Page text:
Why do you have a new brand identity?

Since we formed in 1932, the Association of Anaesthetists has existed without a formal brand or guidelines on colour, design, and tone of voice. There also hasn’t been a central message that sums up who we are, what we do and who we represent. 

When we began working on our new website and database projects, and with the publication of our Long-Term Strategy, it became clear we needed to develop a new brand to help us achieve our strategic aims.

Who was involved in the rebrand?

The rebrand involved both staff members and Board members (the ‘brand working party’). We also hired an award-winning brand design agency, Johnson Banks, who’ve created new brand identities for Virgin Atlantic, More Than and the Science Museum. They also have significant experience in the charity sector, developing brands for the Bill & Melinda Gates Foundation, Shelter, Unicef, and the Disasters Emergency Committee.

What did the rebrand involve?

Rebranding our long-established, respected organisation was a big undertaking. The brand working party and Johnson Banks held workshops and interviews to gather person insights from individuals, industry and associations connected with us. We debated what we stand for, who we represent, and how we talk about ourselves in all communications.

Johnson Banks also undertook a full brand audit, looking at all our communications as well as reviewing our competitors and comparators.

What does the new brand include?

Our new brand covers a new visual identity:

  • Logos for the core brand and sub brands
  • Colour palette
  • How we describe ourselves (messages and values)
  • Typeface
  • Imagery (including real-life photography taken by the Association)

To ensure consistency we’ve developed a set of brand guidelines.

How did you decide on your new brand design?

Johnson Banks provided the brand working party with 11 different design options. Each design concept considered how the brand would extend to all that we do (e.g. digital, journals, guidelines, events and membership). At a series of meetings at Johnson Banks’ design studio, the working party selected four design options for further development and chose two final options to take to Board for final selection.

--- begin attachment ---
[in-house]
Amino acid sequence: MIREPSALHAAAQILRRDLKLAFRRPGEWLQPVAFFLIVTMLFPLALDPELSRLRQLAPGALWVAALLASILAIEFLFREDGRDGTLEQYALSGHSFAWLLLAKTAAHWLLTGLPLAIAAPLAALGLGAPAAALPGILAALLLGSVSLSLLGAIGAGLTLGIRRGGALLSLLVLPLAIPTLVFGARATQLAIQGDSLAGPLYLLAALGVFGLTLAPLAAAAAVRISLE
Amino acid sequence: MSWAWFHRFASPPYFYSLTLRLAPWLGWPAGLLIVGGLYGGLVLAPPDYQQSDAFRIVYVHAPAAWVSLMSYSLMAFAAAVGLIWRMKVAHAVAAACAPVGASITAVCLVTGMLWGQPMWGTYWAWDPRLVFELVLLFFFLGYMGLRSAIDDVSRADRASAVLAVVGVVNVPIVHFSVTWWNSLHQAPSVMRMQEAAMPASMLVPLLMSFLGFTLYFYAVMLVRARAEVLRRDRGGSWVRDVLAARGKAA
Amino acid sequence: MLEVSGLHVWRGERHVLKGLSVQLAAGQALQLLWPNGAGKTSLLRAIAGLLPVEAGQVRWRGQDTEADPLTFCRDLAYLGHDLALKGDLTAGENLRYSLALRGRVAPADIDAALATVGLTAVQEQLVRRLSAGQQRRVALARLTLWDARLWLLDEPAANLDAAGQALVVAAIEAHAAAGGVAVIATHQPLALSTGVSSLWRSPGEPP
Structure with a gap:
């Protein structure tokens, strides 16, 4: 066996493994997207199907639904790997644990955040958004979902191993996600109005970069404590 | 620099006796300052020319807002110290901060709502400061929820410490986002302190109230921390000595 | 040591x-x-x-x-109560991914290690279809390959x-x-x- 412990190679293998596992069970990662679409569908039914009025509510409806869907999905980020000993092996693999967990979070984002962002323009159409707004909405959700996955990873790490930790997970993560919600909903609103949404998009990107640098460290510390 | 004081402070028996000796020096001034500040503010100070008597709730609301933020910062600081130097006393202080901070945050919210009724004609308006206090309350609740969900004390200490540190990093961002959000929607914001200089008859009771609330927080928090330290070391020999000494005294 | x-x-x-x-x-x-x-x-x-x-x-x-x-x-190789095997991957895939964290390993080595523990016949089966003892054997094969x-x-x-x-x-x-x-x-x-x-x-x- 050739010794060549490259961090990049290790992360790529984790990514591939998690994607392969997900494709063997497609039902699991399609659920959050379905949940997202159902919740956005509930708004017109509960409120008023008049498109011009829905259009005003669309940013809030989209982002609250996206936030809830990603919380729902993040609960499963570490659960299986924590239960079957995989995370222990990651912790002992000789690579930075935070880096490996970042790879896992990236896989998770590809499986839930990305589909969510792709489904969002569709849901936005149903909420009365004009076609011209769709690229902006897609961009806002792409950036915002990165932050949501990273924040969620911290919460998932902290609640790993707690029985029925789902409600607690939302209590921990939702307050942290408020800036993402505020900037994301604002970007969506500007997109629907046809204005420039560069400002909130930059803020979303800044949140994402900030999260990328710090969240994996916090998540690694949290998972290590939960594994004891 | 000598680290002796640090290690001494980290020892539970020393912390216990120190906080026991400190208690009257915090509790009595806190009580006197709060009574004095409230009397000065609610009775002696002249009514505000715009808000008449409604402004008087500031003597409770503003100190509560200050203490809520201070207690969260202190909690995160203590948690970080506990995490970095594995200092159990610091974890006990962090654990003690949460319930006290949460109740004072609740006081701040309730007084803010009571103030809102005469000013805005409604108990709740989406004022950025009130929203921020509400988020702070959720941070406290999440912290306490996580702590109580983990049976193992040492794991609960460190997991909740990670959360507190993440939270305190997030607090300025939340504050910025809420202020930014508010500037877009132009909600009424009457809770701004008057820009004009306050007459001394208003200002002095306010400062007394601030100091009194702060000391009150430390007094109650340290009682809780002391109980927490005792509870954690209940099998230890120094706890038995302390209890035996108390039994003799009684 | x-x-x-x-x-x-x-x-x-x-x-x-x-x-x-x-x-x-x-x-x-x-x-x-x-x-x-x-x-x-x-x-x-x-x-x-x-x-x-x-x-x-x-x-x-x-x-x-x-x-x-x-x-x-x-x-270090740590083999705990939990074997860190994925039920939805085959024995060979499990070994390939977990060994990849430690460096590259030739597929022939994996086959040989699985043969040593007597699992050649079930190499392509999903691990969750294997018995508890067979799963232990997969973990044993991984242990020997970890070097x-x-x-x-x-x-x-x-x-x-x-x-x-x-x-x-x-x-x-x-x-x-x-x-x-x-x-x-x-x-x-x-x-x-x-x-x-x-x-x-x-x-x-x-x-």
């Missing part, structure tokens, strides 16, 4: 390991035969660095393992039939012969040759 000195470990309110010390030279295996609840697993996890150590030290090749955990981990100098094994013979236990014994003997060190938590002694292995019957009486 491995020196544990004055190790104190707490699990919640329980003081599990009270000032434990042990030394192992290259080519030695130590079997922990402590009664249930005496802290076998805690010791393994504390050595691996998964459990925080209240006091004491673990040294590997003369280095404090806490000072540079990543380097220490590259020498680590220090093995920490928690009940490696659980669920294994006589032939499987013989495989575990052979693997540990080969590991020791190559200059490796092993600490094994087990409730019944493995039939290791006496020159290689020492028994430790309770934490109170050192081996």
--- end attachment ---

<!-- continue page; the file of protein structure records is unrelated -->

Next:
When will other aspects of the Association be rebranded?

You’ll first notice the rebrand in your monthly publications Anaesthesia journal and Anaesthesia News. We're taking our new brand to Annual Congress 2018 in Dublin. Later this year we’ll be launching our new website, which will be designed using our exciting new brand colour palette.

You can keep abreast of the roll out of our new brand and website on our current website. You can also read all about the rebrand of the Association of Anaesthetists in the September issue of Anaesthesia News

Will the rebrand affect my membership?

The rebrand is one of many digital and communications developments happening at the Association of Anaesthetists.

While you’ll start to see the new look in all we do, it won’t affect the benefits and services you receive as a member of the Association.

Is the rebrand funded by membership subscription fees?

We are funding these infrastructure investments from the reserves set aside by the Board for development. As our accounts show, we have ~ £1M in a designated fund established for funding capital expense projects, including IT and property. Over the last four years we have been using that fund for IT improvements including the new website and database. The branding is a relatively small but important element within that expenditure, which is important to deliver improved digital services to our members.

Why have you changed your name?

As part of our rebrand we took the decision to use a shortened form of our name in our branded communications: Association of Anaesthetists.

Association of Anaesthetists is the brand name used to refer to both the Association of Anaesthetists of Great Britain & Ireland and its related charity, AAGBI Foundation. Both entities work together to further patient safety, education and wellbeing in anaesthesia. The two entities are separate for legal and governance purposes; however, for practical day-to-day purposes there's no need to draw a distinction. It can also be confusing. Using our names in full is too cumbersome and 'AAGBI' hides who we are and what we do.

What about Ireland?

Ireland is a very important part of our remit and identity. We have proudly represented anaesthetists in 'Great Britain and Ireland' for many years. This has not changed, and our full legal names remain (as described above). Our commitment to 'Ireland' and to 'Great Britain' is unwavering; we have simply chosen to use the term 'Association of Anaesthetists' as the preferred short wording.